As for Jennal's vitals, her heart rate was still a bit elevated but not nearly as much as it was when she came out of surgery the first time; we'll see how it is later this evening, when the anesthesia wears off a bit more. The blood pressure monitor via the IV was high, but the blood pressure monitor via the cuff was normal. The doctors said that they trusted what the cuff blood pressure was more so than the IV monitor, as that tended to be unreliable.

So all in all, Jennal seemed OK, except for that fact that she was very pissed off at the fact of having to undergo a second procedure. At least now, for the time being, she won't have to undergo any more procedures like this, or any surgeries in the near future. I do know that she will have to undergo surgery for her legs to correct the bone growth (because of her stroke, her muscles aren't pulling on the bones in her legs with enough strength so the bones in her right leg aren't growing properly). But that's something for the future, and not nearly as life-threatening as what she's going through now.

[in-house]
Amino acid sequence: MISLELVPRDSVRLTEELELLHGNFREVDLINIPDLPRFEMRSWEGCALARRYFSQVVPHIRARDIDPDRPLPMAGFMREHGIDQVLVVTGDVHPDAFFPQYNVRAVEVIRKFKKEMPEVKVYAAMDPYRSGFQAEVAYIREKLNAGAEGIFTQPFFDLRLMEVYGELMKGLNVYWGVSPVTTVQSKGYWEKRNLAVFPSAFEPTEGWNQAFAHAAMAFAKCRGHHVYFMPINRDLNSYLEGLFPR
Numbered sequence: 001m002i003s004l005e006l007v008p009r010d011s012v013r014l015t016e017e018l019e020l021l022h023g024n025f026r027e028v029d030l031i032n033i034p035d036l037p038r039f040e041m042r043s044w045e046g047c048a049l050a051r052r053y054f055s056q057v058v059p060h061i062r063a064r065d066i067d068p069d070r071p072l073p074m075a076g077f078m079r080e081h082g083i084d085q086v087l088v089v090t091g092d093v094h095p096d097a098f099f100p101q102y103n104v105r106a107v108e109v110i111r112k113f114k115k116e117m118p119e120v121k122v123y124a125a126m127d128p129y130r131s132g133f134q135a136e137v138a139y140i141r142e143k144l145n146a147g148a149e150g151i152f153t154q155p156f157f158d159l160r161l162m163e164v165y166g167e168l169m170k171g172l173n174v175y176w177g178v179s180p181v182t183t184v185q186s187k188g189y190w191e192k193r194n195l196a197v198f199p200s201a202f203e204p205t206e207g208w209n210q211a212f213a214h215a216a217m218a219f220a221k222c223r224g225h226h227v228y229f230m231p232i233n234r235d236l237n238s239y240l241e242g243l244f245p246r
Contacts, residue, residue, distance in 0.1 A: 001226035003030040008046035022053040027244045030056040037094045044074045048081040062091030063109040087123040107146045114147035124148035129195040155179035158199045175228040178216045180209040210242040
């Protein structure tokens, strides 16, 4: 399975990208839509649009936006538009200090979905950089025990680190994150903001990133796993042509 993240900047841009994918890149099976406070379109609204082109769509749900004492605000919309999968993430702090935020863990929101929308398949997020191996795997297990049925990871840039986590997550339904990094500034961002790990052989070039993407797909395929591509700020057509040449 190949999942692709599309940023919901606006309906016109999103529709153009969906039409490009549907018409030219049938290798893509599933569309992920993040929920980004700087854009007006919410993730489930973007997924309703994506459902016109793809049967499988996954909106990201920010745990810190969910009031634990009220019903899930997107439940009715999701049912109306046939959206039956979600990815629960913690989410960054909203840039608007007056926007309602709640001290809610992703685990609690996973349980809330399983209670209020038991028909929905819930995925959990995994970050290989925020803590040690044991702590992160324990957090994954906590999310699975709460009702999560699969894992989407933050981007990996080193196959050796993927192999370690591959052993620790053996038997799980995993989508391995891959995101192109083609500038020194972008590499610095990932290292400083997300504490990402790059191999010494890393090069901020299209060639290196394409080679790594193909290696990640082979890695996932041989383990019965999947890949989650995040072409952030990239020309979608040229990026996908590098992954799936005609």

I'll keep everyone updated via the blog and my Tweets on Twitter. If you're not already doing so, I do tweet about Jennal's status and what's going on via my Twitter account. You can read about that at http://twitter.com/NiteStar

Jennal, her parents, and I (along with the rest of our family) have received so much support via friends who are commenting on-line, and we would just like to take this opportunity to thank all of you for your previous, present, and continued prayers, thoughts, and healing energies. I don't think we could have gotten through this without all of the support that has been given, and the comments and tweets made via Facebook and Twitter. Please keep up the healing thoughts & energies, and your prayers. THANK YOU SO MUCH!